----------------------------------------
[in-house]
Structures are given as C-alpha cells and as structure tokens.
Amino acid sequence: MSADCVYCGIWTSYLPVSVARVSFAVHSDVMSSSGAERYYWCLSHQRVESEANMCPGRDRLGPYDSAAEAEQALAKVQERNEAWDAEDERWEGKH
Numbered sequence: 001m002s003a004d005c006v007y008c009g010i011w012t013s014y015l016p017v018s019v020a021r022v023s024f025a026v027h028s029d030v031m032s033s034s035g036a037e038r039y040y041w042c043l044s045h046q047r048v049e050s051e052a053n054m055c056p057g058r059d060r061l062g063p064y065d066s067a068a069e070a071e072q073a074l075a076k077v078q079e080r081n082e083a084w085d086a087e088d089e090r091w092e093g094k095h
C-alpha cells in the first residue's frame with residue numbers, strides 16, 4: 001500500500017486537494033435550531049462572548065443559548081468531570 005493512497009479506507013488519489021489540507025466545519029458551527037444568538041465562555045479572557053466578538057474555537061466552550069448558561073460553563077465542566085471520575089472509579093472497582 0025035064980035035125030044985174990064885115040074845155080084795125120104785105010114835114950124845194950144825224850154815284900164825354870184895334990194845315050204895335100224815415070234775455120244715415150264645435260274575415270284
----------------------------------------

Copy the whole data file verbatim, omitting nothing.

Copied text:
[in-house]
Structures are given as C-alpha cells and as structure tokens.
Amino acid sequence: MSADCVYCGIWTSYLPVSVARVSFAVHSDVMSSSGAERYYWCLSHQRVESEANMCPGRDRLGPYDSAAEAEQALAKVQERNEAWDAEDERWEGKH
Numbered sequence: 001m002s003a004d005c006v007y008c009g010i011w012t013s014y015l016p017v018s019v020a021r022v023s024f025a026v027h028s029d030v031m032s033s034s035g036a037e038r039y040y041w042c043l044s045h046q047r048v049e050s051e052a053n054m055c056p057g058r059d060r061l062g063p064y065d066s067a068a069e070a071e072q073a074l075a076k077v078q079e080r081n082e083a084w085d086a087e088d089e090r091w092e093g094k095h
C-alpha cells in the first residue's frame with residue numbers, strides 16, 4: 001500500500017486537494033435550531049462572548065443559548081468531570 005493512497009479506507013488519489021489540507025466545519029458551527037444568538041465562555045479572557053466578538057474555537061466552550069448558561073460553563077465542566085471520575089472509579093472497582 0025035064980035035125030044985174990064885115040074845155080084795125120104785105010114835114950124845194950144825224850154815284900164825354870184895334990194845315050204895335100224815415070234775455120244715415150264645435260274575415270284